National Report : Marine biodiversity in Côte d’Ivoire – the known and the unknown
N’Goran Ya, N.
MetadataShow full item record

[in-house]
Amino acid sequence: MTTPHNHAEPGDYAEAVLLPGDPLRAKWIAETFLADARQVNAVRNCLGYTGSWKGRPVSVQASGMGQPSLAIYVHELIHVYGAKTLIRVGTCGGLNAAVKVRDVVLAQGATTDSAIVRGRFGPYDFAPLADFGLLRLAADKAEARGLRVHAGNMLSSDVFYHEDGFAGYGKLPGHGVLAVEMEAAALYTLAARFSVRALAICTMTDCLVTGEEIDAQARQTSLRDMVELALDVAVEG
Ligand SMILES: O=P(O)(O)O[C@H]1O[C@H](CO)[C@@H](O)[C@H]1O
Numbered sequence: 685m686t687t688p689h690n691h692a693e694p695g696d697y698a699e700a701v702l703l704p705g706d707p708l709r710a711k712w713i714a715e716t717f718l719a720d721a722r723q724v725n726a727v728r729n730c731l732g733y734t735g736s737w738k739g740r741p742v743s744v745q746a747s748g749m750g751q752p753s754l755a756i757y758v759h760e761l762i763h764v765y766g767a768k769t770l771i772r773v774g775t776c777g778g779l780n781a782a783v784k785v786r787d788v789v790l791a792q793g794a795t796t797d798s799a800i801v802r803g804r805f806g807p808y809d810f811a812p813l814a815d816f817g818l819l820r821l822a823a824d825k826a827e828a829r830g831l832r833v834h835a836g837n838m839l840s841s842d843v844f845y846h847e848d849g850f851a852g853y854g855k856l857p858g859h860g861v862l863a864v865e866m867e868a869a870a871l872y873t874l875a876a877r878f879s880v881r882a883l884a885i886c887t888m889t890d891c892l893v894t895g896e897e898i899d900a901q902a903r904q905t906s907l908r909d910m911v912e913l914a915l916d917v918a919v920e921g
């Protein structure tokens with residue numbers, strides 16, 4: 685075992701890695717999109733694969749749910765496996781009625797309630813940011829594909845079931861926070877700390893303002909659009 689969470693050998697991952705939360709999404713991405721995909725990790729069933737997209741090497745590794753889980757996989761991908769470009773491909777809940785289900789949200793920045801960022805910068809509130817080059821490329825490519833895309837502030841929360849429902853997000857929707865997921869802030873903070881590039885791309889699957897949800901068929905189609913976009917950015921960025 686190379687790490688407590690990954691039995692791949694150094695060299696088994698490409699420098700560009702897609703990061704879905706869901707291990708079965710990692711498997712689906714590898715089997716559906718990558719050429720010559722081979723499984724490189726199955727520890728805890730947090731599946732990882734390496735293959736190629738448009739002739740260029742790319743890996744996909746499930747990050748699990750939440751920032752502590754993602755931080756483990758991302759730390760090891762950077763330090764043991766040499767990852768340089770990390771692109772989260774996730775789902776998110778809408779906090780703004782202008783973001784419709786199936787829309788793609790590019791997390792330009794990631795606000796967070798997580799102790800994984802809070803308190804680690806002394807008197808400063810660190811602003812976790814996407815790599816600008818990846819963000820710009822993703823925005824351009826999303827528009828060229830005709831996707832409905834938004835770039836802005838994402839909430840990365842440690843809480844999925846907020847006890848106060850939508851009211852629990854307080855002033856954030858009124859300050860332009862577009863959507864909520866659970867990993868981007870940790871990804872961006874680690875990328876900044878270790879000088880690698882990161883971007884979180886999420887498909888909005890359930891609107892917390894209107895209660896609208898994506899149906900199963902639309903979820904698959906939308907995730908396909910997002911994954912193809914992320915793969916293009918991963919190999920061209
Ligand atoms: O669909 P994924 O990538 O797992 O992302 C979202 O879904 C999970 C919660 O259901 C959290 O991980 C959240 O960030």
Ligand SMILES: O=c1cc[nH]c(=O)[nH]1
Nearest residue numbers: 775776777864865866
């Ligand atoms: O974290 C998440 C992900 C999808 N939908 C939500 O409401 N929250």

Located in the Gulf of Guinea, with an area of 322 465 km², Cote d’Ivoire (4°30’ and 10°30’N and 2°30’ and 8°30’W) is bounded by the Atlantic Ocean in the south, Liberia in the south east, Guinea in the northwest, Burkina Faso in the north and Ghana in the east. The coast between Liberia and Ghana is about 540 km length. The country is influenced by the Monsoon (humid) and Harmattan (dry) tropical air masses. These two air masses are separated by the intertropical front that influences the local climate. The climate in southern part, including the coast, is humid tropical and characterized by a climate with four seasons: two dry seasons from November to March and from July to August and two rainy seasons from April to June and from September to October. Forests occupy more than half part of the southern part of the country. Littoral savanna vegetation is found south of the lagoons between Port-Bouet and Grand-Bassam. Pre-lagoon savanna is located north of the lagoons in the dense forest of the south. The littoral zone contains different natural habitats, including five lagoon systems, closed lagoons, swamp forests, mangrove forests (mainly by Rhizophora racemosa and Avicennia africana) The continental shelf, with an area of 12 000 km², has two types of bottom sediments, sandy bottoms in the eastern part and rocky bottoms in the western part. The continental shelf is narrow, with a width that varies between 9 and 18 miles, with a mean of 13 miles. Different types of human activities are conducted in the region, notably agriculture, power generation, timber exploitation, sand extraction, and various industries (e.g. petrol and gas). Several ports are located in this region, including the political capital Abidjan.